Solution – Handling stream data w/ losses witness check point readout general readout evidence blockchain service witness * Each data stores the a-past digest, where a = 3 in this case, as well as the previous digest. * This tolerates up to a - 1 consecutive data losses. * If a check point or all it points are lost, we just have to wait for another check point to have recent data verifiable. * To verify authenticity of a readout in a stream: 1) Find the nearest check point that reaches the readout in question in the directed acyclic graph. 2) Verify the evidence of the check point. data data data data data digests This is a straightforward application of a technique introduced in [Golle and Modadugu, 2001].
  12. 12 | ©2022 Flash Memory Summit. All Rights Reserved. Simulation

    Results 10 20 30 40 50 0 20 40 60 80 100 0 10 20 30 40 50 size of a data loss rate (%) verifiability of available data (%) 10 20 30 40 50 50 60 70 80 90 100 0 10 20 30 40 50 size of a data loss rate (%) verifiability of available data (%) signing interval = 100 readouts signing interval = 20 readouts
  13. 13 | ©2022 Flash Memory Summit. All Rights Reserved. Discussion

    • This proposal is a combination of established methods • Authenticity verification of (RFID) sensor data [Watanabe, et. al., 2021] (our previous work), and • Authenticating streamed data in the presence of losses [Golle and Modadugu, 2001] • Public key certificates must be certified • This can be done by sensor/actuator vendors using the same proposed method, as described in our previous work [Watanabe, et. al., 2021] • Stream data solution is also… • Useful for (frequent) sporadic data, as it can tolerate loss of data and failure of the atomic action • If an atomic action fails, it is handled as either • 1) Data loss, or • 2) General readout without witness, and the sensor/actuator tries to sign the next available readout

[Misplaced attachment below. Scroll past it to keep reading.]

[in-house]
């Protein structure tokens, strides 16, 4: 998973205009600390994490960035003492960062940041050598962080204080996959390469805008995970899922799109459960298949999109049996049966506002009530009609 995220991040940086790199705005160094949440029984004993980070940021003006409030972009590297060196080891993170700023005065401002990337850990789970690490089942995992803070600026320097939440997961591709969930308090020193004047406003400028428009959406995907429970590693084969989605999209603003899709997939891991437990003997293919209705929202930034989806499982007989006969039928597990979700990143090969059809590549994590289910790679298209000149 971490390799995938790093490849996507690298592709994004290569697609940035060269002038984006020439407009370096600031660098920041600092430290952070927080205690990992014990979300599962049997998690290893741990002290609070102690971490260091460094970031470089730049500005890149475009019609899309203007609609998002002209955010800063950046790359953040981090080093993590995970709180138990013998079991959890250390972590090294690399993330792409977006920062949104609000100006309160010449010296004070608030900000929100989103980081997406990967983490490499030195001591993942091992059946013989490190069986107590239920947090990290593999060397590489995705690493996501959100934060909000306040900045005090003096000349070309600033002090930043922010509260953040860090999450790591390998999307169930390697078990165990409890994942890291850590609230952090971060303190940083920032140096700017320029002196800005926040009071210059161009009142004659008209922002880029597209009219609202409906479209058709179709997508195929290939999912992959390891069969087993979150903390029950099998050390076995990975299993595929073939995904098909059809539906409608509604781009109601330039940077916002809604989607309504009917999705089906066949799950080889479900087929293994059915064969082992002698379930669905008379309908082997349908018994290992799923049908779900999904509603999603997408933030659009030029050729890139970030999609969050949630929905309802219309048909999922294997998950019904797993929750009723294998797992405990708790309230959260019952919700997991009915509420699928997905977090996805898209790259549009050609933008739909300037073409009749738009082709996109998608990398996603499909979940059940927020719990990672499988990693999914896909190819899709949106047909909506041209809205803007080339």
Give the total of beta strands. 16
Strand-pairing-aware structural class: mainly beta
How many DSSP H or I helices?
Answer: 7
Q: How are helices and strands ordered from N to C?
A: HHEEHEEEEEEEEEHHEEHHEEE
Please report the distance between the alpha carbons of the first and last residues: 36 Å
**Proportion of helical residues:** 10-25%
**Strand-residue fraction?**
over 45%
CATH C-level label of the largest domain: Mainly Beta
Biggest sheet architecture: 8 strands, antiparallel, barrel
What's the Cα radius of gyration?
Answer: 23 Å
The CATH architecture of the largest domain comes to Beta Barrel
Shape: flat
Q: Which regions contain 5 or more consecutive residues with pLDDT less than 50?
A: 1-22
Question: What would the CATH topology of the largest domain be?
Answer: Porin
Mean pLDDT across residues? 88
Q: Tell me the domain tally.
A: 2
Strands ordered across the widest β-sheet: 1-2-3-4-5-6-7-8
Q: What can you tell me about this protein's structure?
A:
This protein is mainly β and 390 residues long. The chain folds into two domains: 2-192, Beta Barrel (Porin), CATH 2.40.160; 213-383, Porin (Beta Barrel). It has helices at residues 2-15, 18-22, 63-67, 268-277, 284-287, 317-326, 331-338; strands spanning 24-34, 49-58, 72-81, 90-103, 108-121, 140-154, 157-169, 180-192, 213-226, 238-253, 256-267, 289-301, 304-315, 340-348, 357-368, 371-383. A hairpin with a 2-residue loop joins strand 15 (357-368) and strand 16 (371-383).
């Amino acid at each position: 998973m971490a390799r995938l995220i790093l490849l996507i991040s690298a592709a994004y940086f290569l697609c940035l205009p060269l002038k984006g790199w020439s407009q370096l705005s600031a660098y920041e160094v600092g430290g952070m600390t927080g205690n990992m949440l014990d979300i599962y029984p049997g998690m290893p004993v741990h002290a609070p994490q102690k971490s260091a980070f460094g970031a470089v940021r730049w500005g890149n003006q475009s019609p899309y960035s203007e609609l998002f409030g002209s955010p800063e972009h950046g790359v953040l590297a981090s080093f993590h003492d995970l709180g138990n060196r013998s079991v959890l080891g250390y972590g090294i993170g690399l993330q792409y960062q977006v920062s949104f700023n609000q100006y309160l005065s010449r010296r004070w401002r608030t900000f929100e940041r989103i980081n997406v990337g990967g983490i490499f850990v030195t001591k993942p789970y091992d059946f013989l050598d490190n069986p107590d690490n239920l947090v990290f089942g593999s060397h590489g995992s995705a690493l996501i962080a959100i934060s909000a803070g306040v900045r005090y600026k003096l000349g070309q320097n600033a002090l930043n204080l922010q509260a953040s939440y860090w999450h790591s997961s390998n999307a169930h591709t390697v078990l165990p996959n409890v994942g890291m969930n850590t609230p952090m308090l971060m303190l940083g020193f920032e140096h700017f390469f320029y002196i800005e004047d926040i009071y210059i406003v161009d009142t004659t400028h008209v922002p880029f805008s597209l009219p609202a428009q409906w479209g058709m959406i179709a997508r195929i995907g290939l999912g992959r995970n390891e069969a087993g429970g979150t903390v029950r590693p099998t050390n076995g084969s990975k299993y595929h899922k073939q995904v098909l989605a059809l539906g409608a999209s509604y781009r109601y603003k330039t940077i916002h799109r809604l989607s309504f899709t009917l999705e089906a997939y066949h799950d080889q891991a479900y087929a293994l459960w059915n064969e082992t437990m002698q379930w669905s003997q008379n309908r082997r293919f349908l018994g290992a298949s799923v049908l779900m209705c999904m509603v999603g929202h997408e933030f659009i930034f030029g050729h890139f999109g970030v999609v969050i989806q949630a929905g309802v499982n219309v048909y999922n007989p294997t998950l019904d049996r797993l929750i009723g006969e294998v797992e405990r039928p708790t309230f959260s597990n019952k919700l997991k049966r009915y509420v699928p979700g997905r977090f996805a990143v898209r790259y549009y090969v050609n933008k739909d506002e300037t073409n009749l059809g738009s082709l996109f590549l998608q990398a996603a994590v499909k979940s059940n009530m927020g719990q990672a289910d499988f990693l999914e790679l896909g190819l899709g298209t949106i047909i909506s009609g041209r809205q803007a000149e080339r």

14. 14 | ©2022 Flash Memory Summit. All Rights Reserved. Conclusions

    • We have proposed a technique to make sure that genuine data produced by general sensor/actuator is communicated to the user even through untrusted intermediate IoT services • By extending our previous work designed for RFID [Watanabe, et. al, 2021], and • By applying a technique introduced in [Golle and Modadugu, 2001] for handling data losses • This solves some of the problems of our previous work, and provides a practical way to authenticate both sporadic and streamed sensor/actuator data
  15. 15 | ©2022 Flash Memory Summit. All Rights Reserved. References

    and Acknowledgment • Gennaro, R., & Rohatgi, P. (2001). How to Sign Digital Streams. Information and Computation, 165(1), 100–116. doi:10.1006/inco.2000.2916 • Golle, P., & Modadugu, N. (2001). Authenticating Streamed Data in the Presence of Random Packet Loss (Extended Abstract). Network and Distributed System Security Symposium (NDSS) 2001. • Watanabe, H., Saito, K., Miyazaki, S., Okada, T., Fukuyama, H., Kato, T., & Taniguchi, K. (2021). Proof of Authenticity of Logistics Information with Passive RFID Tags and Blockchain. Proceedings of 2021 IEEE International Conference on Electronic Communications, Internet of Things and Big Data. • This research has been supported by JSPS KAKENHI Grant Number JP21H04872